Of course, Blackpool keeps an eye on a lot of other things as well, laughs Dorgan.

“I picked the title because it comes from a Robert Browning poem, ‘And Did You Once See Shelley Plain’, in which someone is asked if they actually met the poet Shelley, this huge figure in English literature.

“But years later, I was told that a guy nicknamed Shelley (William Hyland) actually played for the Glen, back in the ’20s and ’30s. And as usual, it was some fella said it to me — ‘hey, that was very clever the way you got Shelley into that poem, fair play’.

“I didn’t know that when I wrote it. But I accepted the compliment anyway.”

Lament for Christy Ring.

By Billy Ramsell

(to my father)

Aboriginal, electrical, 

his great bulging eye

amid the stadium’s temper

amid the furies and exultations of the great-coated stands, 

as he lopes in a bull’s diagonal goalward.

Improbable balance

 of ball on broad bas, 

on his stick of ashy liquidity

that’s rippling, eel-flexible, alive.

And now his body it is liquid too,

an impressionist version of itself

as he slights the wall of three defenders,

pours himself through some improbable gap

and on the other side resolidifies.

Is it only in his own mind

 the underwater silence for his backswing,

 for his shape’s familiar coil into potential, 

for the glance, the pull and the connection?

And the cork-hearted ball

becomes nothing at all,

is too nimble, too cute for the eye

and the goalkeeper’s beaten, 

and Clare and Tipp and Kilkenny are beaten

and the terraces inhale themselves

and the air is vibrating in shock and in awe.

Patricia Horgan’s was the last face he saw.

She stepped out for the messages

and walked into history.

She went to buy butter

and became a minor character.

His chest clenched, clenched and accelerated,

bucked and ratcheted,

in the eye of the forming throng

as he flopped there watching

behind her cow-eyed gentle expression

the usual mergers of cumulus, a crow,

and the gulls at their shrill affairs over Morrison’s Island

until the clouds themselves clouded over.

She said:

Ní fhéadfá an fear sin a adhlacadh, 

Mór an peaca an fear sin a adhlacadh.

You couldn’t bury that man.

It’d be a sin to bury that man.

And to this day I still can’t bury Christy Ring.

We’ll carry his washed and scented remains,

in procession, by candlelight, by handheld electric light,

from the cemetery at Cloyne

to an undisclosed location in the Midlands, 

shoulder him into a mossed-over dome, 

to the burial room

through the long corbelled tunnel,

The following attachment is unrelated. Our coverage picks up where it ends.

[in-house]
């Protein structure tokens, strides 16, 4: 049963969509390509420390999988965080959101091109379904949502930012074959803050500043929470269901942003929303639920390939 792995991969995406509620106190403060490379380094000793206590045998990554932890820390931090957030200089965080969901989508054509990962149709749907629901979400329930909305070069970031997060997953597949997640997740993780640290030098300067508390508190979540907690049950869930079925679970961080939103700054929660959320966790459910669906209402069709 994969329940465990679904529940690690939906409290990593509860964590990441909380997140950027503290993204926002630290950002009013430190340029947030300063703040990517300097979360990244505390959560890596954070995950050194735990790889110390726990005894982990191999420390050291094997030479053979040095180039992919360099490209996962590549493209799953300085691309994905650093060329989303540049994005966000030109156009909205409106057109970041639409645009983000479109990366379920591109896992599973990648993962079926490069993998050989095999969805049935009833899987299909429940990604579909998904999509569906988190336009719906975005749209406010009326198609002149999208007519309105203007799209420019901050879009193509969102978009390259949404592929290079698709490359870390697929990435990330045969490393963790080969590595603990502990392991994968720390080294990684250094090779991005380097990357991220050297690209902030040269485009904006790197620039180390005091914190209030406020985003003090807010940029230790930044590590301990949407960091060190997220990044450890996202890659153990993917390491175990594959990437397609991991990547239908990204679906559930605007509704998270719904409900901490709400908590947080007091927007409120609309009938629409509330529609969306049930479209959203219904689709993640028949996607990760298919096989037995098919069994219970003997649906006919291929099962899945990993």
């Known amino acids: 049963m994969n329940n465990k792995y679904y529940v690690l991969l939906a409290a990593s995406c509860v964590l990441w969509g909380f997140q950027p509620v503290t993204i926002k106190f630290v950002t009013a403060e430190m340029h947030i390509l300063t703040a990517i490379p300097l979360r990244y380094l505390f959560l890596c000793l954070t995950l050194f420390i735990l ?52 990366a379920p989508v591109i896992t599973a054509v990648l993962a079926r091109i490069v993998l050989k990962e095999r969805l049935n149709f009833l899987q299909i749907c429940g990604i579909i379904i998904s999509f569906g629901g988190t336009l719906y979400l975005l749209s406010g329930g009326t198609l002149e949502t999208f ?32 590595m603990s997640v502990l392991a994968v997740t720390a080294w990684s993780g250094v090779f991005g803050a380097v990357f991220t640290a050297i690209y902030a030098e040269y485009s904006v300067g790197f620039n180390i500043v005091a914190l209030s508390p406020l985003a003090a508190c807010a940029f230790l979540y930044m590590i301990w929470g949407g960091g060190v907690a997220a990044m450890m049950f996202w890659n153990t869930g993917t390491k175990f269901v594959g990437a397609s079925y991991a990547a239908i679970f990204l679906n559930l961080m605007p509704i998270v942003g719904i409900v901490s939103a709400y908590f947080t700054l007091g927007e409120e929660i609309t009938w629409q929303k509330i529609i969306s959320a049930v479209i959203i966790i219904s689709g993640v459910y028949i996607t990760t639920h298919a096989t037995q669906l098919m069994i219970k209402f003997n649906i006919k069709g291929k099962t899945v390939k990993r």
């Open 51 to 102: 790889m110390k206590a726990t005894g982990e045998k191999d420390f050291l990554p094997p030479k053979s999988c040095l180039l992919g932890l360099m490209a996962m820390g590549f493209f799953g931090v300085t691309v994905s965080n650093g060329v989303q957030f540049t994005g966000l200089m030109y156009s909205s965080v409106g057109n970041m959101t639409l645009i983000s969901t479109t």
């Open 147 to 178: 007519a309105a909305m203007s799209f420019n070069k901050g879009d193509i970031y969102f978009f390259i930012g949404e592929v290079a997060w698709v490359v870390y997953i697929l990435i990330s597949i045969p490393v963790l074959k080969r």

and in that chamber of must and slow-tutting stones

lay him out on a bier of amethyst

that’s been carved, 

that’s been perfumed

with palm and with cinnamon.

And on all sides

the surprisingly petite skeletons of our ancestors, 

the priests, the chieftains, 

all the princes of swordplay and laughter:

their careful lines of dowry and cousinship

all merged in a carpet of loam, 

the victories, the enmities rusted, 

and the quarrels, ah the quarrels all gone,

the quarrels all long processed by worms.

Leave him there in that society of bone

and walk back through sock-drenching grasses, 

the spiders and the daisies, watercresses, 

past one particular field of rape outside Edgeworthstown

that stretches in primrose, 

that soaks up the buttery sunlight of late morning, 

that never knew his name to forget it.

And Did You Once See Shelley Playin?

By Theo Dorgan

I saw Cuchulainn in his latter years, 

Great knots of muscle in his shoulders, 

The basilica of his skull in the afternoon.

I saw him drive younger warriors from the field, 

By the fierce power of his eye on the frozen ball, 

His gift for gathering and unleashing force.

He fought each autumn match through a fog of glories, 

Already legend, the air he prowled in doubled, 

And his step doubled with a younger self.

I saw his last matches for the Glen, the young bucks 

Already impatient to sweep him to the heavens 

Where blood and frozen knuckles, 

mud and defeat 

Or victory would fade into remembered youth 

– A child myself

I sensed their insensate cruelty, 

The rightful precise impatience of the young.

Powerful because legend, his powers already fading, 

Each match by then a match with himself only, 

The grammar of ageing played out in the Mardyke mud 

– Christ he was younger than I am now!

My father’s age, who seemed so old to me.

And now so young. 

So it goes on the old parade 

Through sweat and mud and memory, the hero, 

His followers and his fellow warriors 

– Out there on the grass-banked terrace 

A round-eyed child in his own fog of doubt, 

Testing the fix in a spin or words and meanings, 

“That’s him, I’m looking at him, Christy Ring.”

- You can purchase the Irish Examiner's 20-page special publication to mark the centenary of Christy Ring's birth with your Friday edition of the Irish Examiner in stores or from our epaper site.